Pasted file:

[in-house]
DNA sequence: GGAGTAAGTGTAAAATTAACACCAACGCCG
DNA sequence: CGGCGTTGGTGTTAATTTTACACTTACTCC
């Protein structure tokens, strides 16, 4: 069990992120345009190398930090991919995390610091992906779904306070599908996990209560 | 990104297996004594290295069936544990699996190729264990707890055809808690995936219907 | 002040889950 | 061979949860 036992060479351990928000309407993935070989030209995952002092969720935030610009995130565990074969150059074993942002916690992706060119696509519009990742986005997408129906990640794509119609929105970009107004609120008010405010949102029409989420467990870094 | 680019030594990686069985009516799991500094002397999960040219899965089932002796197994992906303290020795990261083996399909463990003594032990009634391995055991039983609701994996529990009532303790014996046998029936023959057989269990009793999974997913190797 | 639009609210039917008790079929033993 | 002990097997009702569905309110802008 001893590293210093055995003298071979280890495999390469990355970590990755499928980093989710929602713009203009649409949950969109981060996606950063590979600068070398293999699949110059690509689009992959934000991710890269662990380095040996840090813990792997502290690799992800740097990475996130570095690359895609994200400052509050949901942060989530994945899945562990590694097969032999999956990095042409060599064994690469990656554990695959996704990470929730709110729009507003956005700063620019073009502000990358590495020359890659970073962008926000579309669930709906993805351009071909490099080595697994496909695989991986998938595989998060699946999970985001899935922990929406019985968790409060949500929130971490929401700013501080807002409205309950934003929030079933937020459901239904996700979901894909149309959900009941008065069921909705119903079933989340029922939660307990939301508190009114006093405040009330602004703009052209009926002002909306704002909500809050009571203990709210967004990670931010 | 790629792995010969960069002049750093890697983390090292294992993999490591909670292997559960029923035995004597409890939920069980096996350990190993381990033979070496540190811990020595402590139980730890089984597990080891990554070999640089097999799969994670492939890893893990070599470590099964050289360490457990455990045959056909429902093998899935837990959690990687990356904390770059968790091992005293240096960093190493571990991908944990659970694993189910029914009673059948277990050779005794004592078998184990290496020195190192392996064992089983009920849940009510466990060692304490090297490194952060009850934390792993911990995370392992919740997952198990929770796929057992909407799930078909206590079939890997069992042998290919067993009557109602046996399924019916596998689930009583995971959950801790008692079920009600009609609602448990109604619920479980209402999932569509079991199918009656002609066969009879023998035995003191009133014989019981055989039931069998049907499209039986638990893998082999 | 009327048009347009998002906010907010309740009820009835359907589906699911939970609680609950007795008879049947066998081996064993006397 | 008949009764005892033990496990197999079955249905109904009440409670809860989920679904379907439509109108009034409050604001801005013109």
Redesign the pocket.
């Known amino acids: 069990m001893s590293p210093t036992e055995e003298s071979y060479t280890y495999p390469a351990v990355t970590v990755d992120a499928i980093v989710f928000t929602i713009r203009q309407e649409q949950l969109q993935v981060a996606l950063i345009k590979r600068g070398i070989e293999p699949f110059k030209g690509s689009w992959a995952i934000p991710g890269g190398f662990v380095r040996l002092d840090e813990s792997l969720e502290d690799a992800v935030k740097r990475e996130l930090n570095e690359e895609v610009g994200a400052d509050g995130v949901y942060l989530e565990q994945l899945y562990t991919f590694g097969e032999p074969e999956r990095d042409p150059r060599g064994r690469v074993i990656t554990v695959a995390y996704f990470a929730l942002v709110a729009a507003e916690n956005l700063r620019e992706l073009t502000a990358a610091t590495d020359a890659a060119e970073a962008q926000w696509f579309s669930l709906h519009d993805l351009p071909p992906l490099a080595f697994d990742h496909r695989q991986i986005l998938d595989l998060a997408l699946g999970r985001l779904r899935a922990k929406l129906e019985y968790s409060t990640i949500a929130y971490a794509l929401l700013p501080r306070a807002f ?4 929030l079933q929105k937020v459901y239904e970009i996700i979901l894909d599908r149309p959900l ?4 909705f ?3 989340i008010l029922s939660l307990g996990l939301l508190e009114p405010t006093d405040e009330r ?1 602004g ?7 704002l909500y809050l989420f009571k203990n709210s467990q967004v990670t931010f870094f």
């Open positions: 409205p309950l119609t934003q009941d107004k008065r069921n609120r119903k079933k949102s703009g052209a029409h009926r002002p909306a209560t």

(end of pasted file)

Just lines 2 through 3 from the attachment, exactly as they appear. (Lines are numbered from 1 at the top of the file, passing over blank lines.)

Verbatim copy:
DNA sequence: GGAGTAAGTGTAAAATTAACACCAACGCCG
DNA sequence: CGGCGTTGGTGTTAATTTTACACTTACTCC